Summary of Inaugural Meeting

Updated: Sep 19

Restore the Balance

Inaugural Meeting

May 17, 2022

Colorado Mesa University

Grand Junction, Colorado


Meeting Summary


Tim Sarmo, President of the newly formed private not-for-profit organization Restore the Balance, started the meeting expressing surprise and pleasure with the attendance of over 500 people at the meeting. He thanked the volunteers who had put together the meeting, CMU for graciously providing the venue, the outstanding CMU staff who provided support for the event, and the audience for sharing their time.


He explained that while the RTB leadership would provide information, a major purpose of the meeting would be to listen to the comments and ideas from attendees to learn how they feel about today's political situation and what they would like to do to change it.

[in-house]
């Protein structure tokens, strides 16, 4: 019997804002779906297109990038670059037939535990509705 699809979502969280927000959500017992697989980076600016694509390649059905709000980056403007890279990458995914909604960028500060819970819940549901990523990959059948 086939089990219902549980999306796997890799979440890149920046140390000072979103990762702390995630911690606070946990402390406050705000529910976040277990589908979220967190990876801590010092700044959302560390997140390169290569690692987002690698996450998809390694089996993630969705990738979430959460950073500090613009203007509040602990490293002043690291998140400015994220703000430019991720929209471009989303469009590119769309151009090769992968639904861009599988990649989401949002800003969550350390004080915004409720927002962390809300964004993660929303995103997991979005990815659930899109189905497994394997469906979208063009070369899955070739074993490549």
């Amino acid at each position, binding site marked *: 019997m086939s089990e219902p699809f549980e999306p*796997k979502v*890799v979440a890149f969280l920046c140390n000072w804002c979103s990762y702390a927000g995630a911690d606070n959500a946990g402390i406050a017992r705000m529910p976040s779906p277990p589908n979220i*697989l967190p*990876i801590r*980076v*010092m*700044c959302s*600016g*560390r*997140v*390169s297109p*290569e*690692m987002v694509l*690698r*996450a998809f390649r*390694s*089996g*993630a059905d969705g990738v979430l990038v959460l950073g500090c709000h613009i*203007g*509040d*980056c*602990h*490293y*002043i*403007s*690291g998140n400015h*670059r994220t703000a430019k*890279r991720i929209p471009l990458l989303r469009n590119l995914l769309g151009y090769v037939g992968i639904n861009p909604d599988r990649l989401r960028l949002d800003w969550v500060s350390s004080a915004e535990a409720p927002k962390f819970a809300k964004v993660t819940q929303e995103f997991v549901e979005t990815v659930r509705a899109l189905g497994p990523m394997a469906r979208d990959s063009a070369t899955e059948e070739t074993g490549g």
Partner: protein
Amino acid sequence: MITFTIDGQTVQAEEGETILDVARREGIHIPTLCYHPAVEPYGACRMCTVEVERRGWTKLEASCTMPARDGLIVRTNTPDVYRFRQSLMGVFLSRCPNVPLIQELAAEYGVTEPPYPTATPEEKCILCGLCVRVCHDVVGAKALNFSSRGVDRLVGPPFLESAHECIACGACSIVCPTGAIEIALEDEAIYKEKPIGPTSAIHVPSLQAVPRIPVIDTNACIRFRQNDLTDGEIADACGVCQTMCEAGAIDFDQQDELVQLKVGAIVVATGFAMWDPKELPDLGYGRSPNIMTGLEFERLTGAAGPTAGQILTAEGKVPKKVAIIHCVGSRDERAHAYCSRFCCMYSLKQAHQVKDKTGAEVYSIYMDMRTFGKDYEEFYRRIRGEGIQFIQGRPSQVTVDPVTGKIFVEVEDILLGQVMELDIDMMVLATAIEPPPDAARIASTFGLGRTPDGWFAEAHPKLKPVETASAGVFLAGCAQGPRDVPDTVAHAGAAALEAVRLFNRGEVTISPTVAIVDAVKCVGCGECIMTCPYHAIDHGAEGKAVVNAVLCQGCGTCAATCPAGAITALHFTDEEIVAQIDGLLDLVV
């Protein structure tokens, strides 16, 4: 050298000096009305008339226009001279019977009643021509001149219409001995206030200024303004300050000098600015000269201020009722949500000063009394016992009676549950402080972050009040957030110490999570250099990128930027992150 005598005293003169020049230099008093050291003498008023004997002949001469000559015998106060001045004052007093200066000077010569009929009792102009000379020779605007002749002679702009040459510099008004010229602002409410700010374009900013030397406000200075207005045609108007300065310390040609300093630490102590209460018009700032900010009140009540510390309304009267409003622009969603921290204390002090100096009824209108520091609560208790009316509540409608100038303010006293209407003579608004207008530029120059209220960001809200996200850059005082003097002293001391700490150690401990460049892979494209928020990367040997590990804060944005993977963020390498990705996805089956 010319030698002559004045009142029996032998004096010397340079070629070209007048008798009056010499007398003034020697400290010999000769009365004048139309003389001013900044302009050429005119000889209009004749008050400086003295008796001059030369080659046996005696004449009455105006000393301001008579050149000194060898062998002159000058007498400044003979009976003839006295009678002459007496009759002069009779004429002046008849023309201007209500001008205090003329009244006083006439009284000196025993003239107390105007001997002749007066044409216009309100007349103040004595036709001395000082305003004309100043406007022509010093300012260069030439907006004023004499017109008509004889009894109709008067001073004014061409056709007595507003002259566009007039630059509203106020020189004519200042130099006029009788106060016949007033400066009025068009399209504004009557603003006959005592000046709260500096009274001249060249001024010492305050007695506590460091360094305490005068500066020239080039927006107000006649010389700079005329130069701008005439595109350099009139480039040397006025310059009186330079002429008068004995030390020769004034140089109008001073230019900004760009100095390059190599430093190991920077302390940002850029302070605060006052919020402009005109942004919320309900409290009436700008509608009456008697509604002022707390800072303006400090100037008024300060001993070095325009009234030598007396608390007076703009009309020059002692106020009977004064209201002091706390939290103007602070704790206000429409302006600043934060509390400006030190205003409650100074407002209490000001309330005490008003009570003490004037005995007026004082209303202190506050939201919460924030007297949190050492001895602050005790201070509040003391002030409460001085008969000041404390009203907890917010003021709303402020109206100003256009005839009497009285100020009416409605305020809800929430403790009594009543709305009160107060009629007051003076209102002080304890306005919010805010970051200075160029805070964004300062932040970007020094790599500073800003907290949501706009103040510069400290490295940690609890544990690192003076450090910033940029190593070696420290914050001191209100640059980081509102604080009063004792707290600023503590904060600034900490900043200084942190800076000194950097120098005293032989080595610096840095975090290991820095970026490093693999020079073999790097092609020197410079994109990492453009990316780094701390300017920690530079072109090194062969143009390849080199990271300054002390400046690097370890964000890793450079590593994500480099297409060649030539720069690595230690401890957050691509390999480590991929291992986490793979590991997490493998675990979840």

Sarmo then introduce the seven co-founders of Restore the Balance. Those in attendance were; Bernie Buescher, Thea Chase, Dennis Kirtland, Kirk Rider, and Sarmo. The remaining two co-founders, George Orbanek and Steve Mandell were unable to attend due to previous engagements.


The first presentation was a panel of the five co-founders present at the meeting. Each provided short comments regarding their involvement with RTB and expressing their concerns with the threats posed by political extremists and the danger they pose to the democracy. They outlined the history of actions taken by RTB to date including the development of seven principles to govern politics and the promotion of a movement to reject extremism and return civility to political discourse.